4 Tools to Help You Uncover Your Purpose

Kate is 32 years old: a highly successful entrepreneur who runs several businesses, drives a convertible and lives alone in a penthouse apartment. She is a self-made overachiever: highly motivated and highly intelligent. The world is her oyster – or so one would think.

Kate decided to see a psychotherapist when it became apparent that there was something missing from her life. Society tells us that we will be happy if we just work hard enough. But Kate has worked incredibly hard, achieving levels of success that most of us can only dream about. Despite this, she feels empty and unfulfilled. Why does she feel this way and what can she do about it?  

What Is ‘My Purpose’ Anyway?

Kate is grappling with same existential question that so many of us have considered: What is my purpose in life? What gives me a sense of meaning and significance? What makes life worth living? What gives me a good enough reason to get out of bed each morning? And no – “coffee” is not an appropriate answer to these questions.

These questions all refer to the matter of life’s purpose – an idea which has been discussed and debated for centuries, since the time of Aristotle. More recently, researchers in the field of Positive Psychology have started to explore this topic. So, do we know what the purpose of life is? Of course not. Have we even agreed on how to define this concept? Not really. What we know for sure, however, is that having a sense of purpose is incredibly important for one’s mental and even physical wellbeing.

Why Is Purpose Important?

Research has shown that people with a purpose are more likely to be happy and psychologically resilient. They are also likely to have lower levels of stress hormones and even reduced cholesterol counts! One study from Canada’s Carleton University has shown that people with a sense of purpose tend to live longer lives. The researchers followed 6000 participants and found that those who had initially reported having a sense of direction in life were more likely to be alive 14 years later! So, what are some practical tools that you can you use to invite a sense of purpose into your life?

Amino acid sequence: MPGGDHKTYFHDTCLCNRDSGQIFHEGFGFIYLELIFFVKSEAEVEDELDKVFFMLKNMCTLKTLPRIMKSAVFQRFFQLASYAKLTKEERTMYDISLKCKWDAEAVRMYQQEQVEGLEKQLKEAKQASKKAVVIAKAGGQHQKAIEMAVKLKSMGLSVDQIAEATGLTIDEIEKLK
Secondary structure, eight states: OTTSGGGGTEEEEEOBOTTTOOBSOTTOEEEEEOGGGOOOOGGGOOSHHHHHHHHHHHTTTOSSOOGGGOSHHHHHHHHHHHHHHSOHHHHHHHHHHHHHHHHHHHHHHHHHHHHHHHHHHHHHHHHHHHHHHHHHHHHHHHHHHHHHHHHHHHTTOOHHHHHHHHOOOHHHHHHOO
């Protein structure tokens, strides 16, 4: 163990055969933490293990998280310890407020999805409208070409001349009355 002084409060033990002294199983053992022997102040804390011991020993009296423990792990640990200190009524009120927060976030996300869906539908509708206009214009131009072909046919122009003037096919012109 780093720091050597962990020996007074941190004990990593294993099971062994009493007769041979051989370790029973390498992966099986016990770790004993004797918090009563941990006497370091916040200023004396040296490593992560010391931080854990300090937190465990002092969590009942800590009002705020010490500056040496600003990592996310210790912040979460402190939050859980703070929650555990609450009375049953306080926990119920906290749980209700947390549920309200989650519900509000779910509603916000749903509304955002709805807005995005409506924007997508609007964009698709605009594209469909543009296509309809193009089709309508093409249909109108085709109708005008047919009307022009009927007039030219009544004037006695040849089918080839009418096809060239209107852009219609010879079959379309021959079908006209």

Tool 1: Therapy

Wait: psychotherapy is only for people who suffer from mental illness, right? Wrong. Therapy – especially psychodynamic or “depth” therapy – is used by many as a tool for personal growth and development. If you’re looking to uncover your purpose in life, therapy is a good place to start. Why?

Therapy helps us to learn more about ourselves. In psychodynamic therapy, the focus is on our relationship patterns and how these get played out unconsciously throughout our lives. In this way psychotherapy can give you a deeper understanding of what makes you tick. If you’re preoccupied about a lack of meaning in life, therapy may provide the space which you need to explore questions about your place in the world.

One form of psychotherapy is specifically designed to help people find a sense of meaning in life. This is known as Logotherapy – “logos” being the Greek word for ‘meaning’.  Logotherapy was invented by the famous Viktor Frankl – a survivor of the Nazi war camps. He observed that people with a sense of purpose were better equipped to survive torture and get out alive. Following his harrowing experiences, Frankl famously said: Those who have a ‘why’ to live, can bear almost any ‘how.’ Logotherapy, therefore, is one avenue through which you can explore and identify your life’s ‘why’.